February 15, 2019, at ITC WelcomHotel, Magrath Road, Bangalore

Prevention of Sexual Harassment of Women at the workplace is a burning topic affecting both the government and the private sector. The POSH law has certainly made some positive changes, but a lot is still to be achieved.   

Prevention of sexual harassment of women at workplaces is a daunting task in most of world societies. India is no exception. Society has come a long way from the days of the chambermaids being sexually assaulted. We have seen Vishakha, Nirbhaya the MeToo, and the aftermath. There have been public protests, legal actions, and fresh legislation. But the malaise doesn’t seem to abate much.

Raging Questions

The main question is – is there no way out? And then there are others too e.g.

  • Are the working women going to feel as uncomfortable working with men as they used to be decades ago?
  • Does it affect employees only at lower levels? Do women in higher management also suffer?
  • And as a double whammy, will the employed women continue to be penalized if they speak up?
  • Or, worse still, are the new women applicants being denied jobs because the employers want to avoid complications?

The Old New Law

The Sexual Harassment of Women at Workplace (Prevention, Prohibition, and Redressal) Act, 2013, aka Prevention of Sexual Harassment Act (POSH Act) has been around for 5 years now.

The Ministry of Women and Child Development, Govt of India (WCD), and the State Govts have been working on formulating policies and overseeing the implementation. The employers both in the government and the private sector have also done their bit.

The point is, has a new law made any difference? Has it made the women employees any safer than they were before it? Has it caused any shift in the behavioral dynamics between the male employer and the female employee?

The Fallout

The latest concern added to the list is the misuse potential of the new law by a few. This does not necessarily mean only a female employee. In some cases, the victims are being used by others for settling personal scores. In a worst-case scenario, the charges are totally fabricated. By now even the courts have started taking note of the same. A case in point is an observation by the Bombay High Court in a defamation case.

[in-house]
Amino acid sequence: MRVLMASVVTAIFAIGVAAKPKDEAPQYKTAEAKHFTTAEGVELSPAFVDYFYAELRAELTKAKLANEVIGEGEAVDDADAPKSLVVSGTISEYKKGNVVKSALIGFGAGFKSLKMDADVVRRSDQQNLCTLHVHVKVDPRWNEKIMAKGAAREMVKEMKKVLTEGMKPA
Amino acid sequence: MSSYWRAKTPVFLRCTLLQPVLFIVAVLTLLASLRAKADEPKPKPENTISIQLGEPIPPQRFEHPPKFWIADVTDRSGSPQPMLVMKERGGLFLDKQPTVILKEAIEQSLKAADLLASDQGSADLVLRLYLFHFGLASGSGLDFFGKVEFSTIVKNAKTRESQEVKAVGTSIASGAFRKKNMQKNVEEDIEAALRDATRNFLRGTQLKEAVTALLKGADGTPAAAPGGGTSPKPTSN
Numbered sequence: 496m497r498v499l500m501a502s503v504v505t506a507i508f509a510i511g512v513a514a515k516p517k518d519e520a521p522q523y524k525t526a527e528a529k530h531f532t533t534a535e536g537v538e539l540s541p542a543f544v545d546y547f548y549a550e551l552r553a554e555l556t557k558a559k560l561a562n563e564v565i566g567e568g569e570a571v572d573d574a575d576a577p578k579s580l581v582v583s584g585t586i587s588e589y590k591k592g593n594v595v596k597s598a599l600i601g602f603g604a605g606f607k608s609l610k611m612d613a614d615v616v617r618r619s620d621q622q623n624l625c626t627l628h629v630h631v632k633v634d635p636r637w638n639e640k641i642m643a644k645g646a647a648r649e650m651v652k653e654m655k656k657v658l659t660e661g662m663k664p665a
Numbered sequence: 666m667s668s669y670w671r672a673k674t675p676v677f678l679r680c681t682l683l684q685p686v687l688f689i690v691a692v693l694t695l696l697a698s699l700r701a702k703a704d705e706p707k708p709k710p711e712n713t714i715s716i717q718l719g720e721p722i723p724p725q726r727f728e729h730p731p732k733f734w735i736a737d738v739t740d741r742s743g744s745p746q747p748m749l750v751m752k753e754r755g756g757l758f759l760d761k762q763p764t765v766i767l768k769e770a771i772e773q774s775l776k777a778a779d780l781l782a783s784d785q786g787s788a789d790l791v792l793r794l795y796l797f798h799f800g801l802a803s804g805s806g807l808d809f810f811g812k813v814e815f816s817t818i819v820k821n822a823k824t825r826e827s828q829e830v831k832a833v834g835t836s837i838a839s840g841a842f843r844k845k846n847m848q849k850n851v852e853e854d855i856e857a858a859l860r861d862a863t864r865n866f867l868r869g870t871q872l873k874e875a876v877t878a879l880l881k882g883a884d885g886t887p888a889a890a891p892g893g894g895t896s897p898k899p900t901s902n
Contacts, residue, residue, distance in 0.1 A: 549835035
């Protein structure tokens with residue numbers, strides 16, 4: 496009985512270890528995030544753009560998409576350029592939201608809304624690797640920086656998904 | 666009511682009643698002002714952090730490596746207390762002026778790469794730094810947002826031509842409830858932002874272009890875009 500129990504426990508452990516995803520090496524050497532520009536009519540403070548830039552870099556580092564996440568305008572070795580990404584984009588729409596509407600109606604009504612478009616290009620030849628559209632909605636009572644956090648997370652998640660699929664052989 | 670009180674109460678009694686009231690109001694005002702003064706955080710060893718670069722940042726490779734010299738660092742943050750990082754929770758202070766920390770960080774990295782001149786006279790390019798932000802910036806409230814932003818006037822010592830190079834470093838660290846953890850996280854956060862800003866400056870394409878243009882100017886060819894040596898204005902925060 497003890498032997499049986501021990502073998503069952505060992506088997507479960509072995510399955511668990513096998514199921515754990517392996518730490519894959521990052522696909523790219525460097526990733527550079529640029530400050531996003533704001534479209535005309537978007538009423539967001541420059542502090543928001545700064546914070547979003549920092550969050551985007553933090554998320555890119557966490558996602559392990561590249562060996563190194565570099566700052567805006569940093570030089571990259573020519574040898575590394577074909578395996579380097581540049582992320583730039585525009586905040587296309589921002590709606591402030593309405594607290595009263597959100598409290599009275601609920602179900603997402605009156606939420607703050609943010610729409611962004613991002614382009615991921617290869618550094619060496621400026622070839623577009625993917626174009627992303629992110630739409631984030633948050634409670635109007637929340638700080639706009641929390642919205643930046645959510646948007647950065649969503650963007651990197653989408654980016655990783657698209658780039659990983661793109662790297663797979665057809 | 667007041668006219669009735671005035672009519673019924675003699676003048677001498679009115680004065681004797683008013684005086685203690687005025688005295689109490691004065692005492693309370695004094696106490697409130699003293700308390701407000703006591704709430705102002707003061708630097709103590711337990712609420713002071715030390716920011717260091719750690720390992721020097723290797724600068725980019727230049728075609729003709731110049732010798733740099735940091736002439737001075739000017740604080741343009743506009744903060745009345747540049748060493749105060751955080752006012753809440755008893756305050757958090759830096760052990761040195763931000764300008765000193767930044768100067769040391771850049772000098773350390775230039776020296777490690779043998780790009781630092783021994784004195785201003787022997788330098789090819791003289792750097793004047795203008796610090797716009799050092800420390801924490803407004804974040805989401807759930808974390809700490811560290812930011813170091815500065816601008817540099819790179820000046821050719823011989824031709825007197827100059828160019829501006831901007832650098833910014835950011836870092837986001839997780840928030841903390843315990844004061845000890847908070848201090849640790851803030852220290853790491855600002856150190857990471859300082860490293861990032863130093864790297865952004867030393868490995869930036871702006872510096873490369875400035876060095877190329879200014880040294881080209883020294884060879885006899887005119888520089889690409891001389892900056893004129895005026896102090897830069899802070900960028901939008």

The Conclave

I got an opportunity to attend a day-long Conclave which addressed the above issues in great detail. The Conclave held on 15 Feb 2019 at the Welcome-ITC hotel Bengaluru was organized by Parity Consulting, a leading player in the field.

Issues Discussed

The main issues deliberated upon in varied formats like lectures & panel discussions included:-

  • Government initiatives in the field
  • Why we should care about sexual harassment in workplaces?
  • Effective Compliance of the key provisions of the POSH Act
  • The shift in perception about what is improper sexual behaviour
  • An empirical analysis of a case law
  • MeToo & Aftermath – With reference to a message by Alyssa Milano, the woman who triggered the #MeToo movement.
  • How to make a business case for investing in the prevention of sexual harassment
  • Equipping ICs: Advantages, challenges, and successes
  • Best Practices being followed in the Industry


The law is certainly doing its job in preventing delinquent behavior. But in order to make the workplaces really safer for women, there is a need for attitudinal change amongst the entire community especially the stakeholders. And, this does not mean the men only but the change has to take place across the gender barrier. Let’s hope that this happens sooner than later.